St. Louis County this year provided its police officers with their first pay raise — about 2.5 percent — since 2008. But Fitch notes that his officers’ starting salaries are now about $41,000, compared to the $46,000 starting salary for St. Charles County deputies.

“How are they eligible for (the state fund) and we’re not?” Fitch asked.

The St. Louis County Police Association President Det. Gabe Crocker noted that St. Charles County voters recently approved a change to the county charter that will change their sheriff's department to a county police department and questions how that will affect St. Charles County Deputies who currently receive the supplement.

"Sheriff Neer who sits on the MoSmart Board will have a tough decision to make when his agency converts to police department," said Crocker, adding that his organization, which represents hundreds of county officers, is working to join the lawsuit.

All of the MoSMART board members’ departments receive money from the fund. Boyer, who is president of the board, secured a $100 monthly raise for his deputies. Neer’s deputies get $75 a month.

The balance of the fund as of Oct. 31, 2012, was about $15.5 million, and $5.2 million of it came from St. Louis County from February 2011 to October 2012, according to the lawsuit.

The largest recipient has been the St. Louis City Sheriff’s Department, at $260,000, followed by the Jefferson County Sheriff’s Office, at $215,000.

In April 2012, Fitch applied to boost the monthly salaries of his 840 officers by $100 each. The MoSMART board rejected the request, saying it had not been submitted by a sheriff’s office, as its rules stipulate.

St. Louis County was among five departments that were denied grants. Incorrect or missing signatures were to blame in the other denials, according to the Department of Public Safety.

St. Louis and St. Louis County have separate sheriff and police departments, unlike many other counties in which the sheriff oversees all policing.

In the city, the sheriff’s department has arrest powers, but St. Louis County sheriff’s deputies do not. The county formed the police department in 1955 and stripped all of the law enforcement powers from the sheriff’s department. Today, the deputies handle such duties as serving civil paperwork and acting as bailiffs in courtrooms.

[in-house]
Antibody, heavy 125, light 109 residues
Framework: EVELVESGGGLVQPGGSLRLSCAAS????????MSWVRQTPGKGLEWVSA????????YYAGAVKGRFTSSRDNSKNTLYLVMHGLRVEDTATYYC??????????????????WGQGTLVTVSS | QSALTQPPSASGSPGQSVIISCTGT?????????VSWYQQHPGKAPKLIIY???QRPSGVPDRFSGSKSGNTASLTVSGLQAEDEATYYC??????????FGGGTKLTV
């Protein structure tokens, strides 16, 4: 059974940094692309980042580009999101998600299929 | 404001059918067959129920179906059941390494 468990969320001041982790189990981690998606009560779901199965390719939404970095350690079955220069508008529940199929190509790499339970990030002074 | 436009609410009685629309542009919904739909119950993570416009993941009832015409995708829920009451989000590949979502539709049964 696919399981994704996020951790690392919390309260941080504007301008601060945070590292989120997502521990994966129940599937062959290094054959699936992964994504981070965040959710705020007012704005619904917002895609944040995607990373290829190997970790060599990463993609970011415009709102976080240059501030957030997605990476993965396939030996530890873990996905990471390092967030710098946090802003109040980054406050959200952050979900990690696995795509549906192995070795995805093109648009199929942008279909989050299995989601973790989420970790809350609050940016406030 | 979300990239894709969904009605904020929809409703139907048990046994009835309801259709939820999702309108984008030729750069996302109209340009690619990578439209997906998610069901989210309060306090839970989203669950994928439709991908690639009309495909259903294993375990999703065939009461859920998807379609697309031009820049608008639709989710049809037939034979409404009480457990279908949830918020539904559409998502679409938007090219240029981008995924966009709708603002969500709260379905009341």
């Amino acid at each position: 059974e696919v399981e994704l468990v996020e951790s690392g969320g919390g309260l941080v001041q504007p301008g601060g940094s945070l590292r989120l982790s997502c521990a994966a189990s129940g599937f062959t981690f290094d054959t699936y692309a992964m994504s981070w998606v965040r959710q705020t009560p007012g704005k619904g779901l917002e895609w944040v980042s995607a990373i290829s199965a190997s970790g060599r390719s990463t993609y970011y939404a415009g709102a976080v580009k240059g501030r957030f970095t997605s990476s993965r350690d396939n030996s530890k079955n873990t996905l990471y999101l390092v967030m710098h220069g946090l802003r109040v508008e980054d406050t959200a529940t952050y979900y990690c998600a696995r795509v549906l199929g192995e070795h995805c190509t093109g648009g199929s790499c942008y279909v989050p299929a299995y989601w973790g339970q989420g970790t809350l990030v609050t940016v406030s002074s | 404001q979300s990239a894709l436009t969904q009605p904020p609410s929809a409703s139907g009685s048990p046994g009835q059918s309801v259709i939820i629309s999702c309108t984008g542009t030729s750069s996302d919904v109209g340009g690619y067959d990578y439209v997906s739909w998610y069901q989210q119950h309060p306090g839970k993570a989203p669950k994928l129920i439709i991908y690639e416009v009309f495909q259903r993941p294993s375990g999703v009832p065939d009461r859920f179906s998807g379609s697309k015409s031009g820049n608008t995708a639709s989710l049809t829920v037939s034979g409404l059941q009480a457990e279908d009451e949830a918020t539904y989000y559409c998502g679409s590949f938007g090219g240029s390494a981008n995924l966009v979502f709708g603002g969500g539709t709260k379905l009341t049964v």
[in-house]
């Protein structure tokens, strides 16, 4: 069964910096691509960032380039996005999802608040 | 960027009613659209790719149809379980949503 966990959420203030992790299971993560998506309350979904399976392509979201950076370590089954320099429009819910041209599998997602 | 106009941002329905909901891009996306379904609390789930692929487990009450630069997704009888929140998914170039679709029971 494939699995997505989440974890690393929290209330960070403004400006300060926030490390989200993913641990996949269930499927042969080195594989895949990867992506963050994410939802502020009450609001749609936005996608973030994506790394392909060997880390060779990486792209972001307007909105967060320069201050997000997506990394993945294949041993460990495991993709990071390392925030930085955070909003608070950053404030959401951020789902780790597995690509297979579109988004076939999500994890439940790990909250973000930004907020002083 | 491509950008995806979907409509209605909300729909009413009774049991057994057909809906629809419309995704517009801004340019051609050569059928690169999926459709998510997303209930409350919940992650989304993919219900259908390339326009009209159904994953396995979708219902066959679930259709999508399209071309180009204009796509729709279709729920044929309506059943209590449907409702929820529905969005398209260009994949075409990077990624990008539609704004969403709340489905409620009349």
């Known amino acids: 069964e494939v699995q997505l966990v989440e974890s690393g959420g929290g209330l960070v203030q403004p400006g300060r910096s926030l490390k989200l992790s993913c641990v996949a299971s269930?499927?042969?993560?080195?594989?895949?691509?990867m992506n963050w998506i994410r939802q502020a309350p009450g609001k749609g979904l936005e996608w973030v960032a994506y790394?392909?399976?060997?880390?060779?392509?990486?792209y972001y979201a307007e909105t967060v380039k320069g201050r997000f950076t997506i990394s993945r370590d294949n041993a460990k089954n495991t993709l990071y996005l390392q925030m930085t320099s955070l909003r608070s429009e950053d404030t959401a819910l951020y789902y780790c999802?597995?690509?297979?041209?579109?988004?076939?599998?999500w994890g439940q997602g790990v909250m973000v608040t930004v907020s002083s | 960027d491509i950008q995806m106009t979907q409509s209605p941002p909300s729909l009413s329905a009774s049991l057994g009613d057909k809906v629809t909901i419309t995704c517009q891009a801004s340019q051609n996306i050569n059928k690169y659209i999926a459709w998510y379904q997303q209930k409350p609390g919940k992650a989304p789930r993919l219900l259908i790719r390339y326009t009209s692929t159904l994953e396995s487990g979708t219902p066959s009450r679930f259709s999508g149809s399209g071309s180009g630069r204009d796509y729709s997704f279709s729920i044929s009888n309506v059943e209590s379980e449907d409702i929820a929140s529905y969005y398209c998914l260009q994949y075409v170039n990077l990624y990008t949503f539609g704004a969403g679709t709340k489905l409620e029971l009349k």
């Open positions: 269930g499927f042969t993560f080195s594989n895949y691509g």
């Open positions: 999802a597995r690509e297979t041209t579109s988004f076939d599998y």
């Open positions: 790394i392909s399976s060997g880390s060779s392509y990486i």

And the county charter deems the police chief as the actual sheriff of St. Louis County — even though the title belongs to someone else.

Also, in most other counties, the sheriff’s department operates the jail. In St. Louis County, the Department of Justice Services employs about 230 corrections officers to oversee the jail, which is why that department also has joined the lawsuit.

Court Administrator Paul Fox appoints and oversees the county sheriff, Jim Buckles. Buckles and Fox believe the sheriff’s department’s 100 employees should be eligible for the state money.

“It’s simply not fair that we send the lion’s share of this money to state and they use it for outstate raises, and we get no benefit from it,” Fox said.

Fitch said his officers try to arrest anywhere from 10 to 15 people every week for violations that have the attached $10 fee.

“I’m just trying to make sure our officers are treated fairly and like the other officers in the state, and clearly we’re being treated differently,” Fitch said. “Every one of our officers performs these same duties, just like any other deputy in the state.”

Christine Byers is a crime reporter for the St. Louis Post-Dispatch. Follow her on Twitter